Hope seen for Nafta deal, but Canada must quickly di­ver­sify mar­kets

The Nation - - BUSINESS -

CANADA’S TRADE min­is­ter has held out hope for a new con­ti­nen­tal trade deal, but with no clear time­line for reach­ing an ac­cord ex­pressed also a re­newed sense of ur­gency to di­ver­sify ex­port mar­kets.

“We must con­tinue to ne­go­ti­ate with our Amer­i­can part­ners be­cause the US is Canada’s largest eco­nomic part­ner,” Min­is­ter Francois-Philippe Cham­pagne said.

He added that there was “no dead­line” for wrap­ping up ne­go­ti­a­tions de­spite calls to con­clude a deal be­fore a July 1 Mex­i­can pres­i­den­tial elec­tion and US midterm elec­tions in Novem­ber.

“But at the same time, we must also di­ver­sify our mar­kets,” he con­tin­ued, re­call­ing that his gov­ern­ment is “work­ing ex­pe­di­tiously” and “as quickly as pos­si­ble” to rat­ify the Trans-Pa­cific Free Trade (TPP) with 10 other coun­tries.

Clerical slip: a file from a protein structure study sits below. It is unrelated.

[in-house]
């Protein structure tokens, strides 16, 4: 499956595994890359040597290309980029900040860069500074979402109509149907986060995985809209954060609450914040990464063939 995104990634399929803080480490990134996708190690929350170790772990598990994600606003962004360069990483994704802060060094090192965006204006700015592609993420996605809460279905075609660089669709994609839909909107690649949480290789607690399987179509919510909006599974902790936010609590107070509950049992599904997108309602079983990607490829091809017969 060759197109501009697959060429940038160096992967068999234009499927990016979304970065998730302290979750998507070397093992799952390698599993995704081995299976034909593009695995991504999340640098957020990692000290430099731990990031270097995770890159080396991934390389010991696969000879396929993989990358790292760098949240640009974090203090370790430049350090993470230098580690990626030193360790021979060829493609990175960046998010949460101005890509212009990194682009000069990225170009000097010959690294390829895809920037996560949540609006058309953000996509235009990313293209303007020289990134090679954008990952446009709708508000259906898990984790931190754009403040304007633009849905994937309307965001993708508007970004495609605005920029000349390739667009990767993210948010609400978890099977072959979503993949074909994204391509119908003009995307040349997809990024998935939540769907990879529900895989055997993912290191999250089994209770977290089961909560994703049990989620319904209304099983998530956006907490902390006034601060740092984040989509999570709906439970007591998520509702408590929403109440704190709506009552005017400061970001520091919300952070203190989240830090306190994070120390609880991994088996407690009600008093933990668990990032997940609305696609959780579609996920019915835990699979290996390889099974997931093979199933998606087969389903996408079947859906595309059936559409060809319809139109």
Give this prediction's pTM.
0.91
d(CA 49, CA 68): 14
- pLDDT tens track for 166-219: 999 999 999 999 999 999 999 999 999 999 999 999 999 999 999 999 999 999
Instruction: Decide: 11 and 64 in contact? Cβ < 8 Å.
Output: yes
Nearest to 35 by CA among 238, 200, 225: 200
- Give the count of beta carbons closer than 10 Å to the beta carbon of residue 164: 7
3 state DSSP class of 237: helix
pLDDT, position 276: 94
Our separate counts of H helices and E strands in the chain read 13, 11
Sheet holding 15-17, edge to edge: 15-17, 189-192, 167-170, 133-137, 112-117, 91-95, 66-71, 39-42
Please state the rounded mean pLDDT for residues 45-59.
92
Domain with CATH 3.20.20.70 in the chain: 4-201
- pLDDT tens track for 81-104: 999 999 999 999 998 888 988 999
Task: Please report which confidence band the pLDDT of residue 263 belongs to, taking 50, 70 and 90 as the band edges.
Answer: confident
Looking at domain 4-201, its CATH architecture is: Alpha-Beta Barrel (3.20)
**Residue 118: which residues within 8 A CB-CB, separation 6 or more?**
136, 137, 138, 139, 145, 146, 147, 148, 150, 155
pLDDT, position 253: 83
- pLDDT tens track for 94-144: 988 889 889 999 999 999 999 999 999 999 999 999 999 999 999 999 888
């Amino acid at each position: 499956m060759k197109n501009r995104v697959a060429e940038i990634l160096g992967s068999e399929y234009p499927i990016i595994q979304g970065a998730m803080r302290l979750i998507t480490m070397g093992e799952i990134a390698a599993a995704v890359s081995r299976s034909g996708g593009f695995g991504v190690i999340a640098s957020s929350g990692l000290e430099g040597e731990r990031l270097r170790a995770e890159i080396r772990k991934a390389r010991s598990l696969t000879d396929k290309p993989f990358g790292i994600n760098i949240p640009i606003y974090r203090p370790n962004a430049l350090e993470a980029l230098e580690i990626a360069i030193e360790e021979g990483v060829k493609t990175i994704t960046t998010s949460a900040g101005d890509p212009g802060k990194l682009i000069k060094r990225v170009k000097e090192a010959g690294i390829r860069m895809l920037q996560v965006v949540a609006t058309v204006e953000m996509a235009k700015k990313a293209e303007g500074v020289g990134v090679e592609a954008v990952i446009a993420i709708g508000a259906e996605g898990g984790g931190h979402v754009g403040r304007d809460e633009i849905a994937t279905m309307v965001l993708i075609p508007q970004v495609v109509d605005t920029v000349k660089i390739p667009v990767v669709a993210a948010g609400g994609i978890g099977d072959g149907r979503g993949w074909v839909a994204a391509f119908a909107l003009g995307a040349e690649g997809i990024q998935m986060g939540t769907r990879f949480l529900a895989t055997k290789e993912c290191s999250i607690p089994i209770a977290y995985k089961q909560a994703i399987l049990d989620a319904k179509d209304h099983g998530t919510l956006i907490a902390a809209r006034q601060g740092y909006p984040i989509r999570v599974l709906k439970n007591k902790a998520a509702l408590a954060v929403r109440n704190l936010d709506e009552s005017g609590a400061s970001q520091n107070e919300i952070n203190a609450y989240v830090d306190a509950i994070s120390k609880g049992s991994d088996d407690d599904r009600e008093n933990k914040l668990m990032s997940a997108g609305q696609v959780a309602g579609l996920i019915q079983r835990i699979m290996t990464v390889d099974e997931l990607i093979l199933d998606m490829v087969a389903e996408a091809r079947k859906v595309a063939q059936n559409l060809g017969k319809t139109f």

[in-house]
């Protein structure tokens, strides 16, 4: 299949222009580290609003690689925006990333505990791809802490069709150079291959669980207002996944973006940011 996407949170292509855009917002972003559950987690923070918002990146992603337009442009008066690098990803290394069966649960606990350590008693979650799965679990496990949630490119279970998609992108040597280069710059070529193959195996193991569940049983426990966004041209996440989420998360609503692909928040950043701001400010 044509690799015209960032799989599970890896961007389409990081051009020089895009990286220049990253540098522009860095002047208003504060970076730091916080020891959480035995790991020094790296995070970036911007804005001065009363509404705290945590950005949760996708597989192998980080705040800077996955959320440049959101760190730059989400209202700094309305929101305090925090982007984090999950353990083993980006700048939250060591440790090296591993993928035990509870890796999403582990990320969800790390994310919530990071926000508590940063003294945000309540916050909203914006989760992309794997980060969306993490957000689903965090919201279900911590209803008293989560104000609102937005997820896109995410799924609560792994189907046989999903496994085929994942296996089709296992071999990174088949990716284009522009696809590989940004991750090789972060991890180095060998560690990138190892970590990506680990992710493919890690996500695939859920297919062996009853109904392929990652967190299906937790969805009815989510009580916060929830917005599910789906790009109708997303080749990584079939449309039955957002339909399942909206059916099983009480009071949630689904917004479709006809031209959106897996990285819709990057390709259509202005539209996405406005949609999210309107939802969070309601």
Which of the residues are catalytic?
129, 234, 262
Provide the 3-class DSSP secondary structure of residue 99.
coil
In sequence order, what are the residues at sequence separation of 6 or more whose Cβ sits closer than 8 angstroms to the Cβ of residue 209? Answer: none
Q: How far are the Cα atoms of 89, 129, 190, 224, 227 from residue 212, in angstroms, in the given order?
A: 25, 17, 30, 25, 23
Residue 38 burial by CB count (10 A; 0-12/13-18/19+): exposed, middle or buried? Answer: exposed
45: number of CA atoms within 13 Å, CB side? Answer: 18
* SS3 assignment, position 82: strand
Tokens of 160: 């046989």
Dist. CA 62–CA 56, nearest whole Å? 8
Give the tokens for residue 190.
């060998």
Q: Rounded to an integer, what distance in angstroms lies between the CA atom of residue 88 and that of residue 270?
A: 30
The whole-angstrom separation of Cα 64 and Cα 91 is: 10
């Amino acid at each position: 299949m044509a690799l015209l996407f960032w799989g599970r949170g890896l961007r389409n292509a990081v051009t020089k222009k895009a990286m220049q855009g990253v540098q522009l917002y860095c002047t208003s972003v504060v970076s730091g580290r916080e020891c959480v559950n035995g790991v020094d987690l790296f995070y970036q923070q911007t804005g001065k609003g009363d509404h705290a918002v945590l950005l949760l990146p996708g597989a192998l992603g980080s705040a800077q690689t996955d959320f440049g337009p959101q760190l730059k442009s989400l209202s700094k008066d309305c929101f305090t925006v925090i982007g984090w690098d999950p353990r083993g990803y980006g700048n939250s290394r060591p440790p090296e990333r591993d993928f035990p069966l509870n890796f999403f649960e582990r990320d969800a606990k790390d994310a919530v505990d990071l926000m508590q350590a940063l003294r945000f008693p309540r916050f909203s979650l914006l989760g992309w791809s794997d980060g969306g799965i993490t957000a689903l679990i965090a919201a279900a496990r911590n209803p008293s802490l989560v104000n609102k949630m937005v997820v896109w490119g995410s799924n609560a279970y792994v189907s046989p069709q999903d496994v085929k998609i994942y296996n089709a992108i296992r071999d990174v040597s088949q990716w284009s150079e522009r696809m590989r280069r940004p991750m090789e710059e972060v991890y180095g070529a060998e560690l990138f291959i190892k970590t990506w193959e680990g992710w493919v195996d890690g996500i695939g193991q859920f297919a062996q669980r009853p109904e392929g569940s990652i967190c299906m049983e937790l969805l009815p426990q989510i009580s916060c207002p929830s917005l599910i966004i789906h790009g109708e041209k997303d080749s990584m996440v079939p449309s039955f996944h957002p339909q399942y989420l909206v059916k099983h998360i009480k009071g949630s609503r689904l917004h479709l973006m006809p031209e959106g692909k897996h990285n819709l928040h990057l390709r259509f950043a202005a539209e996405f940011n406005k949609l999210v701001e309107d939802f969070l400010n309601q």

Canada cur­rently sends about 75 per cent of its ex­ports to the United States.

Signed in March with­out the United States, the TPP would en­ter into force 60 days af­ter its rat­i­fi­ca­tion by at least six of the 11 sig­na­tory coun­tries (Aus­tralia, Brunei, Canada, Chile, Ja­pan, Malaysia, Mex­ico, New Zealand, Peru, Sin­ga­pore and Viet­nam).

The Cana­dian par­lia­ment will be pre­sented a rat­i­fi­ca­tion bill on Thursday, but it seems un­likely to be passed be­fore par­lia­ment breaks for the sum­mer on June 22.

“We want to be part of the first group of coun­tries which have rat­i­fied the TPP be­cause we think it is im­por­tant to have first-mover ad­van­tage for our com­pa­nies,” Cham­pagne said.

In the mean­time, talks started last Au­gust to re­vamp the 1994 North Amer­i­can Free Trade Agree­ment (Nafta) have bogged down amid ef­forts to sat­isfy US Pres­i­dent Don­ald Trump’s de­mands for bet­ter terms, in­clud­ing a larger share of US-made com­po­nents in North Amer­i­can au­tos and a sun­set clause.

No new rounds of Nafta talks are sched­uled but se­nior of­fi­cials from all three na­tions re­main in con­tact.

“We will al­ways be at the ne­go­ti­at­ing table to pro­mote a mod­ern part­ner­ship, a part­ner­ship that will cre­ate jobs on both sides of the bor­der,” Cham­pagne said.

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